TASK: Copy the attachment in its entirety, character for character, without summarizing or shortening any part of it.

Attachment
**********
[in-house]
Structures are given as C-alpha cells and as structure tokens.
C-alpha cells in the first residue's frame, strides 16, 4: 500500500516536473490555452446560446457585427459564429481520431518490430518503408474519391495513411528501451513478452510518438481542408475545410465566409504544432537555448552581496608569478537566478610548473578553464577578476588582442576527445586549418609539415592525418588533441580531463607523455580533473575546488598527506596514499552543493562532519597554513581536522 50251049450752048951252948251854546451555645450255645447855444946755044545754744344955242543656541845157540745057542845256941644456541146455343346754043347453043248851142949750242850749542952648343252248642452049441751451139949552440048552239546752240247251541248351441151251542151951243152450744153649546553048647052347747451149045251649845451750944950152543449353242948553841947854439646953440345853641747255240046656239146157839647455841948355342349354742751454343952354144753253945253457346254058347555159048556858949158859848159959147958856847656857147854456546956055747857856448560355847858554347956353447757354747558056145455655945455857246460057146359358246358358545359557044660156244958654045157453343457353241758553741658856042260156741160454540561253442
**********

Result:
[in-house]
Structures are given as C-alpha cells and as structure tokens.
C-alpha cells in the first residue's frame, strides 16, 4: 500500500516536473490555452446560446457585427459564429481520431518490430518503408474519391495513411528501451513478452510518438481542408475545410465566409504544432537555448552581496608569478537566478610548473578553464577578476588582442576527445586549418609539415592525418588533441580531463607523455580533473575546488598527506596514499552543493562532519597554513581536522 50251049450752048951252948251854546451555645450255645447855444946755044545754744344955242543656541845157540745057542845256941644456541146455343346754043347453043248851142949750242850749542952648343252248642452049441751451139949552440048552239546752240247251541248351441151251542151951243152450744153649546553048647052347747451149045251649845451750944950152543449353242948553841947854439646953440345853641747255240046656239146157839647455841948355342349354742751454343952354144753253945253457346254058347555159048556858949158859848159959147958856847656857147854456546956055747857856448560355847858554347956353447757354747558056145455655945455857246460057146359358246358358545359557044660156244958654045157453343457353241758553741658856042260156741160454540561253442